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CR: The New Centennial Review 2.3 (2002) 139-168
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Is All Technological?
Global Power and Aesthetic Forces
University of Notre Dame
Aesthetics and Globalization
Linking global forms of power and aesthetics may appear far from obvious and unexpected in the context of debates about globalization, which remain predominantly economic, political, or sociological in character. Art and aesthetic questions seem relatively unimportant and secondary to far more significant economic, political, social, or more rarely ethical considerations, which occupy the foreground in the plethora of meetings, speeches, and publications devoted to the ever more important topic of globalization. Yet this remains so only when globalization is understood as primarily an economic phenomenon, as the opening onto a global world market, which is increasingly regulated by new technologies, and which instantiates progressively more and more technocratic forms of politics. Precipitated by rapid advances in informational technologies, this economic-technological event has been producing epochal changes in political structures and social organization, taking an uncharted course toward new, global, and transnational forms of the organization of power. Power in this context appears as a kind of a "joint venture" of capital, technology, and politics, where politics is [End Page 139] forced by economic and technological pressures to adapt itself to new, global ways of doing business, reflected in the globalizing tendency of both economic and political structures. It seems clear to everyone that political summits increasingly play second fiddle to economic gatherings—if such a distinction makes sense at all—such as the meetings of G-7, the World Bank, or the World Trade Organization, which set the agenda influencing the form that contemporary configurations of power both assume and legitimate. This means that in reality, the flows, circuits, and aggregates of power, instantiated predominantly into economic and technological configurations, exceed and regulate their own articulations into explicitly political structures and arrangements. This situation confronts us with the task of discerning what specific quality or modality makes power what (and how) it is today—namely, capable of both exercising a progressively global reach and assuming worldwide configurations. These globalizing operations or modalities of power ensue and function beyond what we normally understand as various economic or political forms of power, which suggests that speaking in this context of the power of capital—and of capital as power—is, while still of paramount importance, no longer sufficient. Rather, what needs to be understood is how all that is—phenomena, events, things, and relations—comes to be constituted into capital and, more importantly, globalized into new techno-economic constellations of power. The critical question in this context is: what makes modern power "global" power—that is, a power that is capable of "globalizing" reality and thus of extending and intensifying its own reach and "power" in the process?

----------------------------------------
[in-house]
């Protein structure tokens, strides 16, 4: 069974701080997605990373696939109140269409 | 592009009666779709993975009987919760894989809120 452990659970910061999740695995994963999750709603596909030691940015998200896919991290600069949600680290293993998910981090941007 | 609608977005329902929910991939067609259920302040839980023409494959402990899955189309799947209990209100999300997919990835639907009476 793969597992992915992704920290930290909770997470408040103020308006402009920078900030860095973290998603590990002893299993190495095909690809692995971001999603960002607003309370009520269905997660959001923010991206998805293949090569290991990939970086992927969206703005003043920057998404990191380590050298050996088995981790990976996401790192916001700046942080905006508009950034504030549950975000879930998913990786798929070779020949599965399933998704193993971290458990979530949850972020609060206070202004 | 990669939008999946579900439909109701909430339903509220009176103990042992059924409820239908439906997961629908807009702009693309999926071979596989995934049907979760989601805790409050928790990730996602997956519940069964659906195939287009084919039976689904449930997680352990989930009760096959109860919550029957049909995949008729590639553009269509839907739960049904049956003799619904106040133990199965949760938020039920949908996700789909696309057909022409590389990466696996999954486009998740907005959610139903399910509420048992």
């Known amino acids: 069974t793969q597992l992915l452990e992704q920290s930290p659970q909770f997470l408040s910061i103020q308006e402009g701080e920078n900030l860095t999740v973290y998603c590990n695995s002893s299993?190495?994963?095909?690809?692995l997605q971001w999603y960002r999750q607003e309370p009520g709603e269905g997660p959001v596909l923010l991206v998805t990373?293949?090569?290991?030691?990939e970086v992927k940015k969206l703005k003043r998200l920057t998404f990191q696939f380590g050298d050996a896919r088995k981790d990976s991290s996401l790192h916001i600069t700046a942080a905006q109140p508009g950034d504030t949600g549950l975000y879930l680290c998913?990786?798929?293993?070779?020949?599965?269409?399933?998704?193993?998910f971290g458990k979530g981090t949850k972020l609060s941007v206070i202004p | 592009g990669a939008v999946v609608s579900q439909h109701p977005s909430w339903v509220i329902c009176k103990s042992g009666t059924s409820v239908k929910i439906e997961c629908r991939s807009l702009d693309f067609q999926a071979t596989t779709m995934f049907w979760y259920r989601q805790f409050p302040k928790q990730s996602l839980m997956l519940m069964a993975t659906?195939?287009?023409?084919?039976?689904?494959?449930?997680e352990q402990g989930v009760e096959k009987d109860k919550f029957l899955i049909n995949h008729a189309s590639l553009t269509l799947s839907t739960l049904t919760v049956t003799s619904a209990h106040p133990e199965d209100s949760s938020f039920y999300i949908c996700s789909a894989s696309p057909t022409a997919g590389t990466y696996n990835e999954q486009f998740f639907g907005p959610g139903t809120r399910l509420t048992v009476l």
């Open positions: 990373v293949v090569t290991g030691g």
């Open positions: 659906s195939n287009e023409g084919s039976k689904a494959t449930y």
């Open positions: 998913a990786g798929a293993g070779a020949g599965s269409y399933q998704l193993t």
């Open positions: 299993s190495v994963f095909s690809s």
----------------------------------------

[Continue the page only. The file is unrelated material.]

There is a general sense that power today is technological or technical in essence, as evidenced by the critical role played by new informational technologies in the rapid evolution of the economic and political spheres into global proportions. In fact, it is at the moment when the world has become (is becoming?) global that one may be(come) able to regard it for the first time as a world, that is, as a unit(y), a whole, or a totality. In this sense, political and economic spheres are indeed becoming spheres for the first time, as they come to be operational and representable as spheres, i.e., in terms of the global operations of power. But as Peter Sloterdijk points out in his trilogy, Sphären, the lineage of the concept of globe and globalization goes back to [End Page 140] Greek philosophers, 1 which suggests that globalization is an intrinsically philosophical and metaphysical idea which attempts to grasp the whole of what is and render it intelligible and representable. Jean-Luc Nancy's brief text, "Is Everything Political?" makes a similar point by discerning an intrinsic link between the concept of the political, "determined as total, totalizing, or all encompassing," 2 and the economic tendency toward globalization. The political is here, as a...